CROSS TALK If Ershad lives for another hundred years. . .

Hussein Muhammad Ershad recently told his party men that he would live another hundred years if they were to put him back in power. One can’t take his words at face value since emotional exuberance has clearly overtaken ordinary common sense. It may be humanly possible to make the first century, but hitting the second at 86 is wishful thinking. If anything, his words reeked of desperate ambition. The lust for power inhabits Ershad’s heart like spirits in a haunted house.

Curiously, the one-time ruler still believes that the people of this country can’t wait to see him ruling again. It’s perhaps not our place in life to ask what has given him that idea. Then again, nothing is impossible in the scheme of life. Anything can happen anytime, and it can happen anywhere.

The issue isn’t that Ershad wants power again. But why does he want it though? It’s silly that those who have tasted power feel the compulsion to regain it. The same compulsion also brings food lovers to the same restaurants and holidaymakers to the same destinations.

For Ershad, that compulsion has turned into an obsession. It has remained forever rankling in his heart and mind that some twenty-five years ago he was ousted from power by a mass uprising. Ever since then, he has been looking for some kind of a compensation for that embarrassment. Ever since then, he has been a legend in his own mind, a phenomenon waiting to happen.

Some people never give up and it works for them. Robert the Bruce, a king of Scotland, learned his tenacity from a spider. Defeated by the English, he sought refuge in a small dark cave where he watched a spider trying to make a web. The spider would fall and then climb slowly back up to try again until it managed to stick a strand of silk to the cave wall and began to weave a web. The king was inspired by this experience and went on to defeat the English at the Battle of Bannockburn.

All these years, Ershad has repeatedly disclosed his desire to grab power for one last time. But he never told us what he is going to do if it ever happens in his wildest imagination. How is he going to do things differently? How is he going to turn this country around? To this day, he hasn’t done anything to convince anybody how he is going to be a better choice.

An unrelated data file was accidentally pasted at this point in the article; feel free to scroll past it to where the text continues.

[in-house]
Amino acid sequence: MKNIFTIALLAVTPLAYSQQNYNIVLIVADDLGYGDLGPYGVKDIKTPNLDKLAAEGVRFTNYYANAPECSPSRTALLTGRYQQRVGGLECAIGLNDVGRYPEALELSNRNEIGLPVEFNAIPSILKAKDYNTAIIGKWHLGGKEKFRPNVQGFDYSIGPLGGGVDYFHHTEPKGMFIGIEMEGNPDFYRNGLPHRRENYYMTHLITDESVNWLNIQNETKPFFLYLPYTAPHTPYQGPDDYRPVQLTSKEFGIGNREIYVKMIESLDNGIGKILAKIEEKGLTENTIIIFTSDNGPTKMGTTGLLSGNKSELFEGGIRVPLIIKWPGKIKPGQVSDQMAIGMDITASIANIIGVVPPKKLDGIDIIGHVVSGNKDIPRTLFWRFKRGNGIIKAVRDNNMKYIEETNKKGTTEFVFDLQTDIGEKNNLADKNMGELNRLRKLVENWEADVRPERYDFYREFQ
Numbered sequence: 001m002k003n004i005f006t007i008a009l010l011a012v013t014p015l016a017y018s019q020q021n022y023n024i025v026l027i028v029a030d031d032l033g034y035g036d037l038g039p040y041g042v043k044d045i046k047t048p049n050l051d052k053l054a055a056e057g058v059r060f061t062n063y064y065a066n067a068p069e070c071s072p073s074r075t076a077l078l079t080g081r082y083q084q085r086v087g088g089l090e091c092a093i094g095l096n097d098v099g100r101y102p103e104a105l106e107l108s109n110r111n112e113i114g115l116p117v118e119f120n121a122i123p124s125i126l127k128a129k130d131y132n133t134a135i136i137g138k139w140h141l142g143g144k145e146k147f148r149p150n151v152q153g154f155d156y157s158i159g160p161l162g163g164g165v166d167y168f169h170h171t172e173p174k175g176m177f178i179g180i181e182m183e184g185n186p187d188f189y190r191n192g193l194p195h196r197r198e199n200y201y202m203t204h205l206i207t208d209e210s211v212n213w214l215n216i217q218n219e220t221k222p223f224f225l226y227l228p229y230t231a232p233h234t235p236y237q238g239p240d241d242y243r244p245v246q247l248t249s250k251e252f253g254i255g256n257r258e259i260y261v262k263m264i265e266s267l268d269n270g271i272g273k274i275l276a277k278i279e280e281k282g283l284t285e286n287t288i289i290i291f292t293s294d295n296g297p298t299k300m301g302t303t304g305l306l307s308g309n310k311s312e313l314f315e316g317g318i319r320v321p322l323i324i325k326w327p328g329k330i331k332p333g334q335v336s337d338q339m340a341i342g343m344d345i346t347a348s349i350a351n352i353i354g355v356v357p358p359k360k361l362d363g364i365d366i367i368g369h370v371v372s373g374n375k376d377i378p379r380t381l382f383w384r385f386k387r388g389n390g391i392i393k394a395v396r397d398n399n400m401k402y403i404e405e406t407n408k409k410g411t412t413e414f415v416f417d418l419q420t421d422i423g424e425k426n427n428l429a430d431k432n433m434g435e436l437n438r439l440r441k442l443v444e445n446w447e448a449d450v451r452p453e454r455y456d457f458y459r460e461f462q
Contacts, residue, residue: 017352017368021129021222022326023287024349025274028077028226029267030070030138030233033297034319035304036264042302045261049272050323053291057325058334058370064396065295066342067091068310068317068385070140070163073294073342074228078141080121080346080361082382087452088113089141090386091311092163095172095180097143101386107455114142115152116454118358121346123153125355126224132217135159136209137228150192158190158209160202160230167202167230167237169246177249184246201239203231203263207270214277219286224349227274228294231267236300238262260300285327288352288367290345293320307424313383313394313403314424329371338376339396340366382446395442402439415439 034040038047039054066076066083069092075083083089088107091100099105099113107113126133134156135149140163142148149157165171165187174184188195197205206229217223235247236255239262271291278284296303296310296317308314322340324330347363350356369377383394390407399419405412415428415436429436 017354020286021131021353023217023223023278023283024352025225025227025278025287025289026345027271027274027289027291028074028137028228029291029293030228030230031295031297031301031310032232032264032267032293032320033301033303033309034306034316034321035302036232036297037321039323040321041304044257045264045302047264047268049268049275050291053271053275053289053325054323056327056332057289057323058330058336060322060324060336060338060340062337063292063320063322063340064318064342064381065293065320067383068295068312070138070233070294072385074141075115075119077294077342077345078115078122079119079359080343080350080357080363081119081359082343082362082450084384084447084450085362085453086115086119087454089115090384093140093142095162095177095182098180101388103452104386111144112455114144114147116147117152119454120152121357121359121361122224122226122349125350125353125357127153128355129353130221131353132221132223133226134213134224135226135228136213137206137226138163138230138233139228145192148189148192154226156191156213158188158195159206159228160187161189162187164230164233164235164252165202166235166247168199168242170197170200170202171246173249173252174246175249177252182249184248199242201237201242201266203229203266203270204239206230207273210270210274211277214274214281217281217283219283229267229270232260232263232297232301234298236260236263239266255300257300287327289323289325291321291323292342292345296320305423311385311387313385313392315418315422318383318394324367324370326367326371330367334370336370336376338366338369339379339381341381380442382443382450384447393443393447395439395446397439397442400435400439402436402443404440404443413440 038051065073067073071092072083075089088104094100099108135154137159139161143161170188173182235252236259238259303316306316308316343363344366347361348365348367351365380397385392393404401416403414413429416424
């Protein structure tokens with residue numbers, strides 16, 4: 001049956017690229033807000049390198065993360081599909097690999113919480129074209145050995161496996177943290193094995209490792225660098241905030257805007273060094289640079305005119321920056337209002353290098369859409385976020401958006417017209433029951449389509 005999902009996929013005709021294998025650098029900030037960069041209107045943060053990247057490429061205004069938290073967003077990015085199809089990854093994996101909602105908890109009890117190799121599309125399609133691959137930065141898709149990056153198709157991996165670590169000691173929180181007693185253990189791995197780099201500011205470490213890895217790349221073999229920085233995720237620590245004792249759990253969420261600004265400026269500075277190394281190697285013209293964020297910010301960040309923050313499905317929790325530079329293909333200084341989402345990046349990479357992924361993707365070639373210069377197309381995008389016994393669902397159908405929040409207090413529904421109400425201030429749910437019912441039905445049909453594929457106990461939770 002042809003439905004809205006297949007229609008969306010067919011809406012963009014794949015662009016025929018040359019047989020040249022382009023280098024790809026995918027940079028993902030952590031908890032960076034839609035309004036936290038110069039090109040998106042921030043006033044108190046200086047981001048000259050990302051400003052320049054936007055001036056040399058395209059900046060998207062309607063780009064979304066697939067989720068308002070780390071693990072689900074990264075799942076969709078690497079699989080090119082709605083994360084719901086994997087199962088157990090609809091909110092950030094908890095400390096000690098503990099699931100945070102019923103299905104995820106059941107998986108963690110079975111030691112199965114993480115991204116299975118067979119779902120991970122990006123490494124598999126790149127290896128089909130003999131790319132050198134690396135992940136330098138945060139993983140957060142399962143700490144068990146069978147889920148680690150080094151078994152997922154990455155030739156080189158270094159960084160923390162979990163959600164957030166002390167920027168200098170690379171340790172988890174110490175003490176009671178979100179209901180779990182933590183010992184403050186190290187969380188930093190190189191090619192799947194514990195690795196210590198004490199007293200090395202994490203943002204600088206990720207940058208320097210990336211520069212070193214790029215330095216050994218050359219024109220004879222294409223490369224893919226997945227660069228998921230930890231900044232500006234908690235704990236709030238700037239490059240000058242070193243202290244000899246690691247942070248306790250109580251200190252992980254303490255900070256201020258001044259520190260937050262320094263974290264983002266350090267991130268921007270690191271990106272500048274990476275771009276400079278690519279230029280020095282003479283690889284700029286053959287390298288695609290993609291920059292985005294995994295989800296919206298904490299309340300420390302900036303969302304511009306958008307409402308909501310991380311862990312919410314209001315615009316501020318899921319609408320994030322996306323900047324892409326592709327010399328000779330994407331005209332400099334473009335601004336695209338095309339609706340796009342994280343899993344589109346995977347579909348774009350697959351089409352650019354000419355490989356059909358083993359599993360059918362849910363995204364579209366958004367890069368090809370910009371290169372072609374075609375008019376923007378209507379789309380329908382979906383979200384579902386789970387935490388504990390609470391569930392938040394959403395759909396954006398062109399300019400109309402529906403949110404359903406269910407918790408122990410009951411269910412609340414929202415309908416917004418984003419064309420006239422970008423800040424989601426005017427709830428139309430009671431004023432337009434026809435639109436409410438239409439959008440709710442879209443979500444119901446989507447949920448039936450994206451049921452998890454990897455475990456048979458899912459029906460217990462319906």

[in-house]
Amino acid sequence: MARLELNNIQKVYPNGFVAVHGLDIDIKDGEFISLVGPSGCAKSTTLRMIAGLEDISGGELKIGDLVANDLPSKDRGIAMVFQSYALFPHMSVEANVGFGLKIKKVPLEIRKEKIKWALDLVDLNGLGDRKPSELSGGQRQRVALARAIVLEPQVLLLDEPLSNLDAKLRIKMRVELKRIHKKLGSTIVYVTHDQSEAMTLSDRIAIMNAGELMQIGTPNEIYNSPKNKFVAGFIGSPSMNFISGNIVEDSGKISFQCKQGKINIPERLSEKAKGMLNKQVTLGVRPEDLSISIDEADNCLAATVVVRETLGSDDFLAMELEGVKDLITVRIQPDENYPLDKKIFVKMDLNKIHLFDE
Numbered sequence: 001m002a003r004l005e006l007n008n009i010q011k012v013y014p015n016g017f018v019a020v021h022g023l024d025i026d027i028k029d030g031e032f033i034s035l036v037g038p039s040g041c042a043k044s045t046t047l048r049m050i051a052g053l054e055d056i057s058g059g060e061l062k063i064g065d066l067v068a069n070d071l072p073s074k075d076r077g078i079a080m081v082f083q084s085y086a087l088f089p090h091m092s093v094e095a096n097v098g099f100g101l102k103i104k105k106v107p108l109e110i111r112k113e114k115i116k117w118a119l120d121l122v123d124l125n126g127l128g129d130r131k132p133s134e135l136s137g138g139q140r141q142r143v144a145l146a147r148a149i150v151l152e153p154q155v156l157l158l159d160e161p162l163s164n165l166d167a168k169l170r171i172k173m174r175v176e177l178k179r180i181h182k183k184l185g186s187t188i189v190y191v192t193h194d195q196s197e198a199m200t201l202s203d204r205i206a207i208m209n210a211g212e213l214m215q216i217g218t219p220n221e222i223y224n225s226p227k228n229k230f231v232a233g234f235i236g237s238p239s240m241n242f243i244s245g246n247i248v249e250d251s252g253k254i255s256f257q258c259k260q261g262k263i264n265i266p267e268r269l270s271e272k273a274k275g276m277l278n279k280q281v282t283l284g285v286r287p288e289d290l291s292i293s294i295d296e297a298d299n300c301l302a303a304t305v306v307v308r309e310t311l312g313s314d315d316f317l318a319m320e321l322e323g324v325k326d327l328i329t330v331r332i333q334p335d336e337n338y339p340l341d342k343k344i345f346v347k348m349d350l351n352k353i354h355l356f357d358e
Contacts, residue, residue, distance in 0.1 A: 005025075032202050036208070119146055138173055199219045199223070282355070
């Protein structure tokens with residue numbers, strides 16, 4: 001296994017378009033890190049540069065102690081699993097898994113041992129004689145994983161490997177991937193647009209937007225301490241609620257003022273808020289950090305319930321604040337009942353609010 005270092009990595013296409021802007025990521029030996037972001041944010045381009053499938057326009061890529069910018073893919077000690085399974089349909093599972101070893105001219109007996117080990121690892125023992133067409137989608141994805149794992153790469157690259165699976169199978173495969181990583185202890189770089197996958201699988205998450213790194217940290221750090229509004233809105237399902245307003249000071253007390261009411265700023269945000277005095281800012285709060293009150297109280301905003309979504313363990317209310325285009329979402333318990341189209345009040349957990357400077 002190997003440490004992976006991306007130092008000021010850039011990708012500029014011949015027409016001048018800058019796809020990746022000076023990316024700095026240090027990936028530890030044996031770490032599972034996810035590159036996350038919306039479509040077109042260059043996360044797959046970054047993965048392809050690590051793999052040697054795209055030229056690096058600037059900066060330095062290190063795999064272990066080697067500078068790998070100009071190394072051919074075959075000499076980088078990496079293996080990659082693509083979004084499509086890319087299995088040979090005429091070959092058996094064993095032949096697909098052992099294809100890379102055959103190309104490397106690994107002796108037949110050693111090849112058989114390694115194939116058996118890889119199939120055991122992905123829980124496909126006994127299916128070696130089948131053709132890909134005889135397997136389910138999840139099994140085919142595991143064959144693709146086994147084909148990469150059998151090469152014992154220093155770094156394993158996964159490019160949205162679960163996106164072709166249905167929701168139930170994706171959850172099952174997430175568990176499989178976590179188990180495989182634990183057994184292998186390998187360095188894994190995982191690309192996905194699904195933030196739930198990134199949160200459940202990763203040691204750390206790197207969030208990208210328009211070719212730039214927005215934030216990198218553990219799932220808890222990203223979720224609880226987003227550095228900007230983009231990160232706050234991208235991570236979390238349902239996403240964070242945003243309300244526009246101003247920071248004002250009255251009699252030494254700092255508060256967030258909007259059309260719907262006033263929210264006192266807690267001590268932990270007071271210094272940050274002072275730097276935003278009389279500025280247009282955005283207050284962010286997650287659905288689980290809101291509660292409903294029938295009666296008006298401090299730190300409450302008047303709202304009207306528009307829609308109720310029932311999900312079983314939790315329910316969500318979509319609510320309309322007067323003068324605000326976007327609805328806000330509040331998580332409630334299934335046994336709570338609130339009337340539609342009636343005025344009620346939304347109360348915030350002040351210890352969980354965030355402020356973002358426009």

So far, we have heard nothing from him except for the occasional outbursts that accounted for no more than belching and burping after heavy meals. We know Ershad sounds uncomfortable and unhappy in his shoes. It’s sad that instead of learning from the spider, he has become a spider caught in its own web. And he has aggravated his own condition, because many of his past indiscretions come back to haunt him.

While going to power is the prime motivation in politics, a good politician seeks power to change the country. A bad one does the opposite. He doesn’t hesitate to change the country to seek power. Ershad has been comparable to a chameleon that changes colours to match its surroundings.

The failure of this yesteryear autocrat lies in the vicious circle he has made of himself. He craves for power because he can’t have it, and he can’t have power because he craves for it so much. John Keats explains this dilemma in his poem On Fame. He writes “Fame, like a wayward girl, will still be coy/To those who woo her with too slavish knees/But makes surrender to some thoughtless boy/And dotes the more upon a heart at ease.”

It’s a pity that Ershad’s heart hasn’t been at ease for all these years, and his mind is still hooked on power. True, politics is a means to that end but there is an end to every end. Since he was forced to abdicate in 1990, Ershad has shuffled between his many contradictions. His has been the unending saga of a wandering madman frantically seeking the touchstone.

By all means, one can live for hundreds of years if one finds one’s place in history. Maybe, Ershad was allegorical when addressing his party members. Maybe, he was referring to his place in history, instead of actually breathing and kicking for hundred more years.

Politicians spend a lifetime going where Ershad started politics, and he has enjoyed power for many long years. Unfortunately, his mind still roams the blind alleys of power instead of the highways of politics. As of now, he will be remembered for his addiction to power, unless he wishes to change and concentrate on useful politics. History repeats itself if people choose not to learn from their follies.

Source: The Daily Star


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